GSK635416A combined with olaparib enhances IR effect in radiosensitizing HNSCC cell lines but not in normal fibroblast BJ-ET cells.

Figure 5: GSK635416A combined with olaparib enhances IR effect in radiosensitizing HNSCC cell lines but not in normal fibroblast BJ-ET cells. (A) Dose-response curves of olaparib in the presence or absence of 2 μM GSK635416A in UT-SCC-24a, UT-SCC-36 and BJ-ET, measured by cell viability read-out at day 7. (B) Corresponding IC50 values (μM) for IRneg and IRpos, and the RER and CER were determined to compare the treatments. (Data are shown as mean of three to five independent experiments, with SEM).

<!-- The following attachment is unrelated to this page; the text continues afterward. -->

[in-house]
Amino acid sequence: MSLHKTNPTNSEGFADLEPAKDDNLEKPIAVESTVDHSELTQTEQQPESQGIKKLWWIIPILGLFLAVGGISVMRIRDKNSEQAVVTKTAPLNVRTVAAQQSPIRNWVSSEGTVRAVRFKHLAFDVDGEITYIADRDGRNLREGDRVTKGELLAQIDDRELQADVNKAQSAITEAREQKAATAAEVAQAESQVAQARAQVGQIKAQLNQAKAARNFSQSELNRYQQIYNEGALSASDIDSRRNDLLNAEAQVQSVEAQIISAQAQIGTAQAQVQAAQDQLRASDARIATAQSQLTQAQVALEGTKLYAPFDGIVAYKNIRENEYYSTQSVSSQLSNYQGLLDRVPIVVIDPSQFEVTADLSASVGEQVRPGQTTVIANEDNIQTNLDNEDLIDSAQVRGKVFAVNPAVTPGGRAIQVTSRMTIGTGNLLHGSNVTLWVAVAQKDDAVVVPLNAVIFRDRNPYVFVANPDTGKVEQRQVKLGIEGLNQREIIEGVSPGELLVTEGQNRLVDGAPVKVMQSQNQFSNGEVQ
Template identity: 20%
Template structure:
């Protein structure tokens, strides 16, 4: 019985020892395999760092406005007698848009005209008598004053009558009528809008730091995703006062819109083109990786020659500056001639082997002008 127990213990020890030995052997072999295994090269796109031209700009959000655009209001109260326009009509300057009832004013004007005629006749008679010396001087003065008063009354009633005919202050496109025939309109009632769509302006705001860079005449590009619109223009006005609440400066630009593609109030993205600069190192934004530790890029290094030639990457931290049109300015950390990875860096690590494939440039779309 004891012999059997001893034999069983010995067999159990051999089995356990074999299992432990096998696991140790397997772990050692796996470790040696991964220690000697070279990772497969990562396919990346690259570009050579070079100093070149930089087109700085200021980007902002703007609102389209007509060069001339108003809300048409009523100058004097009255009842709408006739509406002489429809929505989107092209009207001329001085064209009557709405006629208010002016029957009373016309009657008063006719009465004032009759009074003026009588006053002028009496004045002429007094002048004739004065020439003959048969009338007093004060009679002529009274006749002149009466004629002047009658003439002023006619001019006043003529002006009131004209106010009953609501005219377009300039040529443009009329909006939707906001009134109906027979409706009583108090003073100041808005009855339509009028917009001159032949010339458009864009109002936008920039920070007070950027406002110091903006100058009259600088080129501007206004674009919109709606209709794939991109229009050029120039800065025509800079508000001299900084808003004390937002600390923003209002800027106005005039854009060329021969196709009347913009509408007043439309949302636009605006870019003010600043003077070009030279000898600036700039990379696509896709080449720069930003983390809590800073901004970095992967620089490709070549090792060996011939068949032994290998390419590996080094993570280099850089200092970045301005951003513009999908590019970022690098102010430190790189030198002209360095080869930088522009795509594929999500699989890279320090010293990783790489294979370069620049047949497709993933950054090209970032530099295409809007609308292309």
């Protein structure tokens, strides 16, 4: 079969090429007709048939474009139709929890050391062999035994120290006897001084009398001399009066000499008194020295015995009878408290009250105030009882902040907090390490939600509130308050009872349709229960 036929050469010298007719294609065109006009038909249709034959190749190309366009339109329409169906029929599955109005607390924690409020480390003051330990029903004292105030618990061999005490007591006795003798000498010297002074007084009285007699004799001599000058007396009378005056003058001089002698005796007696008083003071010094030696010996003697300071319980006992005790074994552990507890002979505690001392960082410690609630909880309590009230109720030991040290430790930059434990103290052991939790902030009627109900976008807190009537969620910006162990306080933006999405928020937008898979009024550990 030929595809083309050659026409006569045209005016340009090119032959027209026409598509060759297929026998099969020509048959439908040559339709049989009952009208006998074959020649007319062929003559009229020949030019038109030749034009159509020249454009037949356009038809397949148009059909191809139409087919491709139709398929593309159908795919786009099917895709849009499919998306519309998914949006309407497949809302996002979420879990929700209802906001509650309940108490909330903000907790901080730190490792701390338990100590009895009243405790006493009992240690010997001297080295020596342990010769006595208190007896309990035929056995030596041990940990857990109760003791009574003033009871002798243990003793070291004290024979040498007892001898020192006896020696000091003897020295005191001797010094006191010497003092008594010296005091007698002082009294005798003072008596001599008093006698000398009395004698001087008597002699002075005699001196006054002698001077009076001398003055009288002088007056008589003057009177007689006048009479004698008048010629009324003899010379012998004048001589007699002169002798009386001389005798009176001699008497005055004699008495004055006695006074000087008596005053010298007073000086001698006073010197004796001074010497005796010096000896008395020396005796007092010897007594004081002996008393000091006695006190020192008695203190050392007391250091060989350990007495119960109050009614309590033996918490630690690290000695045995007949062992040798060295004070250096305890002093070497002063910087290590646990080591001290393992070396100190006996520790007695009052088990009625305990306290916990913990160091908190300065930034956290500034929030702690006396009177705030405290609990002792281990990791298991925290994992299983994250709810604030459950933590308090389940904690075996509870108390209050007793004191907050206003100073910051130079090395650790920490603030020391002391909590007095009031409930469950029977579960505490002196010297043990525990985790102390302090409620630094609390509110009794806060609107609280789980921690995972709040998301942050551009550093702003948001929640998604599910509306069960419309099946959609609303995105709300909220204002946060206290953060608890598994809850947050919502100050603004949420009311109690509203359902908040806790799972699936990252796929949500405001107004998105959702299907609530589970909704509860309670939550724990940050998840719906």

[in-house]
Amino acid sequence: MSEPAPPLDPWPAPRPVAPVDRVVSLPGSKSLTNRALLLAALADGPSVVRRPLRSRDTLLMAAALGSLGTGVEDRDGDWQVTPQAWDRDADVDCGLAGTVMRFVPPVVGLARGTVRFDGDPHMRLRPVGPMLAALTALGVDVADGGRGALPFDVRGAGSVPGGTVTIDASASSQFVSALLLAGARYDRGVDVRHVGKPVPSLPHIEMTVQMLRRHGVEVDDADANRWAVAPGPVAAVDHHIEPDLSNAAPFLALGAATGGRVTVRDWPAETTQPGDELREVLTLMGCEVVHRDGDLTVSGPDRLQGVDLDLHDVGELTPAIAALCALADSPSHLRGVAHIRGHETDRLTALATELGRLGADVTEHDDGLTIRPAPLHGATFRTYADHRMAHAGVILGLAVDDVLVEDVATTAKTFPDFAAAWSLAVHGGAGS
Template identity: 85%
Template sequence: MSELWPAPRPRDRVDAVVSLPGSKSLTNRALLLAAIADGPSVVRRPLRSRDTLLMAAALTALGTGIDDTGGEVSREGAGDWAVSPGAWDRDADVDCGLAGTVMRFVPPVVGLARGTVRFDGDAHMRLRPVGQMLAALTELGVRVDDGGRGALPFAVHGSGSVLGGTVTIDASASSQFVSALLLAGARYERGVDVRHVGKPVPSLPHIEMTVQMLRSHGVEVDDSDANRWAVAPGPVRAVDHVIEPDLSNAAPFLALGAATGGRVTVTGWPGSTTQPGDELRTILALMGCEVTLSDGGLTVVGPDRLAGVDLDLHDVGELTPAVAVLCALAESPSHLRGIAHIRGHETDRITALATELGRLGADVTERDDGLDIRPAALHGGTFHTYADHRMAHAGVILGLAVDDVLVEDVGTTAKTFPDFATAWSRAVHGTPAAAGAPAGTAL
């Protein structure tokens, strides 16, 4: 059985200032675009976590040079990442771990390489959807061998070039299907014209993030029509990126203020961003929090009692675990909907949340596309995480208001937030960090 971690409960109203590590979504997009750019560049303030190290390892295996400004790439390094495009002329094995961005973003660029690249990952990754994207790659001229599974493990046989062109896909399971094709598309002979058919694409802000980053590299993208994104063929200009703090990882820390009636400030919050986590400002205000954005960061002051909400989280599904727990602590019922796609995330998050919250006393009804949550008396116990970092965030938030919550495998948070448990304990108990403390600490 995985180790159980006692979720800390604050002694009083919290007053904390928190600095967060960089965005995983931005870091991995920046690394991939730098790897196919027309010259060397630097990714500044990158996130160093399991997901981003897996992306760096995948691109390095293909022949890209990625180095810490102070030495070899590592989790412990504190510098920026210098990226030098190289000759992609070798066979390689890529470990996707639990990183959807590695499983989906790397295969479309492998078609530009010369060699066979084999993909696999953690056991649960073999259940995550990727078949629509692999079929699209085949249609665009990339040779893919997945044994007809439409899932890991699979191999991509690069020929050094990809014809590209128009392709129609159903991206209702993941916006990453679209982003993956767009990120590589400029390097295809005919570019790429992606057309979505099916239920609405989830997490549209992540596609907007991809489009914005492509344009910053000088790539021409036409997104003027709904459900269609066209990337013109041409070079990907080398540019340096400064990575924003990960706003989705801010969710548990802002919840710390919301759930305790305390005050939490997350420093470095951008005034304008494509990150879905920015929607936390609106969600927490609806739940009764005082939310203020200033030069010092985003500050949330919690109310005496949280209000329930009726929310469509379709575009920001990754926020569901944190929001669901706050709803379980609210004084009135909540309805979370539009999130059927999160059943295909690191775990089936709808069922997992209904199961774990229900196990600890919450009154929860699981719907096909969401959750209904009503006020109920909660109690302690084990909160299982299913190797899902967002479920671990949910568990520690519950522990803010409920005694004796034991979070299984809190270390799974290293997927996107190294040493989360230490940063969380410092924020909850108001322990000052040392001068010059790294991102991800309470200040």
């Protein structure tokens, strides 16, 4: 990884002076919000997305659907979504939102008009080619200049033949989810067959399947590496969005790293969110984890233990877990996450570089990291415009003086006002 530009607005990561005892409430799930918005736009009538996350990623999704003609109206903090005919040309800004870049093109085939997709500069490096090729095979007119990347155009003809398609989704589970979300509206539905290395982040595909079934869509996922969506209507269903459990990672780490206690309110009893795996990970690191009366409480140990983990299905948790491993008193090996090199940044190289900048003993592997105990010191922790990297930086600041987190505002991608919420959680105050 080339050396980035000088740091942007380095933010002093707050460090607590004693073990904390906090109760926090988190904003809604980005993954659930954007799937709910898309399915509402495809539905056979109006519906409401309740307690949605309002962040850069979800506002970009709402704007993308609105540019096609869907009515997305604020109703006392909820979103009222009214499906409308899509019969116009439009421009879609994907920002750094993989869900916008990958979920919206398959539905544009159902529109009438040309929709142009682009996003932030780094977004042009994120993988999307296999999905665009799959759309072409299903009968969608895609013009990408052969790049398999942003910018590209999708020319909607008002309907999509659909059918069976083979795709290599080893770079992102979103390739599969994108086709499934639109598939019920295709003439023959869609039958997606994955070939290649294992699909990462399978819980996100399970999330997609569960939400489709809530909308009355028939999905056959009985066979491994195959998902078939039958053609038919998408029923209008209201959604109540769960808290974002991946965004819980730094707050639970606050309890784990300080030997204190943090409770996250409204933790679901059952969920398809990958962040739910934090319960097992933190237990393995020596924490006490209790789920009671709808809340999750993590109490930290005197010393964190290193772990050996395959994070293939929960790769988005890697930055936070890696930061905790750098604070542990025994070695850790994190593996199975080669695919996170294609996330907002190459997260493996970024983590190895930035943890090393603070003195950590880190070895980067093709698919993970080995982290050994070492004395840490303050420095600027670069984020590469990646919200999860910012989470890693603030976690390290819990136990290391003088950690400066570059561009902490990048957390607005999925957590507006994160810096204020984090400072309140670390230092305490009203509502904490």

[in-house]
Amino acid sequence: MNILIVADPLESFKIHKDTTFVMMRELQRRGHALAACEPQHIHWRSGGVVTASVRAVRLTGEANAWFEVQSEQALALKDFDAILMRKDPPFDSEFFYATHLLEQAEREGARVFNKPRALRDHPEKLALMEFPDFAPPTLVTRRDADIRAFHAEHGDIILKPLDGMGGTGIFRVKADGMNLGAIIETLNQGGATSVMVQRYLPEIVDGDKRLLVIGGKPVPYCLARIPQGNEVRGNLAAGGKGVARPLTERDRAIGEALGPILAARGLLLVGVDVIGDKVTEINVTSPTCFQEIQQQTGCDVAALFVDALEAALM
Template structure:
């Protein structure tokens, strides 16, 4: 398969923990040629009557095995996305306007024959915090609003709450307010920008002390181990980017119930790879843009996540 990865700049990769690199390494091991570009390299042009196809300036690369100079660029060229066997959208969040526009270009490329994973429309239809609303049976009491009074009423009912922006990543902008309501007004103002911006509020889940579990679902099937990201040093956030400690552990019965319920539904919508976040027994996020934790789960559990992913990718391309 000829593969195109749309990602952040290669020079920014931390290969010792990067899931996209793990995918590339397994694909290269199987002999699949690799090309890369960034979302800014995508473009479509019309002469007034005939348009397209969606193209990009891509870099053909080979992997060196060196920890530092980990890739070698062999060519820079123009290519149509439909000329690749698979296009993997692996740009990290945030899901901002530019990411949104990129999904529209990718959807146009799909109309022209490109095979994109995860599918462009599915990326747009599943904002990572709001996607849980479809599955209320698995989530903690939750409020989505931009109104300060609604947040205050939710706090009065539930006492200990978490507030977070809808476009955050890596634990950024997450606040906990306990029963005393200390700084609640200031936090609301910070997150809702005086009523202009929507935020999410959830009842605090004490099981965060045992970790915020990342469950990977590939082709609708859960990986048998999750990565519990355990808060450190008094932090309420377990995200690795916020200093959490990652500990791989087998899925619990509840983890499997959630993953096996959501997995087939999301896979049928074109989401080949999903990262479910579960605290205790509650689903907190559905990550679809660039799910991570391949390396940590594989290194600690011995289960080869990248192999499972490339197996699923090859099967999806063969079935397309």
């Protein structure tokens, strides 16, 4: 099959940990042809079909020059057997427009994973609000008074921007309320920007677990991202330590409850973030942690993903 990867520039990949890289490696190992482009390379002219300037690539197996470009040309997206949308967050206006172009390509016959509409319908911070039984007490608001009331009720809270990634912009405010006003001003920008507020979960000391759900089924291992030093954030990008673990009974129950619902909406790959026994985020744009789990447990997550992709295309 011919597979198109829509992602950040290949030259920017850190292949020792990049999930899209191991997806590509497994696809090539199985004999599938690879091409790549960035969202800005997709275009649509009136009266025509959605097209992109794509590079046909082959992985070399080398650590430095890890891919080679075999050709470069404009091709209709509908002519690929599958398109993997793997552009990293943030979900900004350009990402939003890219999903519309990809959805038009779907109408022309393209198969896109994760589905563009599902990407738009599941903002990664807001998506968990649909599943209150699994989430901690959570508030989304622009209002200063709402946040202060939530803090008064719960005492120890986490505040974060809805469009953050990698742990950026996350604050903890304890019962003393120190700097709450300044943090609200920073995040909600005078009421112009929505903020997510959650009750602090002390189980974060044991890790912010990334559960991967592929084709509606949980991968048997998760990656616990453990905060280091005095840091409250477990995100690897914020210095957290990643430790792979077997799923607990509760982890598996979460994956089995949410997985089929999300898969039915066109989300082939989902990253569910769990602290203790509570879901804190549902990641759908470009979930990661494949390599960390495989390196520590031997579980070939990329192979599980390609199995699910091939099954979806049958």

A different presentation of the data in Supplementary Figure 7A shows that olaparib radiosensitization is largely unaffected by GSK635416A addition. Simulating an additive effect by adding the effect of 2 μM GSK635416A (at the lowest olaparib concentration) to the non-GSK635416A treated olaparib viability values at different olaparib doses shows a “theoretical” curve line that is not different from the measured values when combining with GSK635416A. Comparing the IRneg profile of olaparib monotherapy to the IRneg curve of olaparib plus 2 μM GSK635416A revealed no increased cytotoxicity on non-radiated UT-SCC-36 cells (Figure 5A, IC50 [IRneg] 6.78 and 5.30, respectively) and increased cytotoxicity on non-radiated UT-SCC-24a cells (Figure 5A, IC50 [IRneg] 1.44 and 0.36, respectively). Most importantly and consistent with a lack of radiosensitization of GSK635416A in this cell line, the combination treatment did not show marked additional effects on cell viability of normal BJ-ET cells (Figure 5A) as ratio values remained low (RER 0.04 for olaparib and CER 0.01 for olaparib with GSK635416A) (Figure 5B).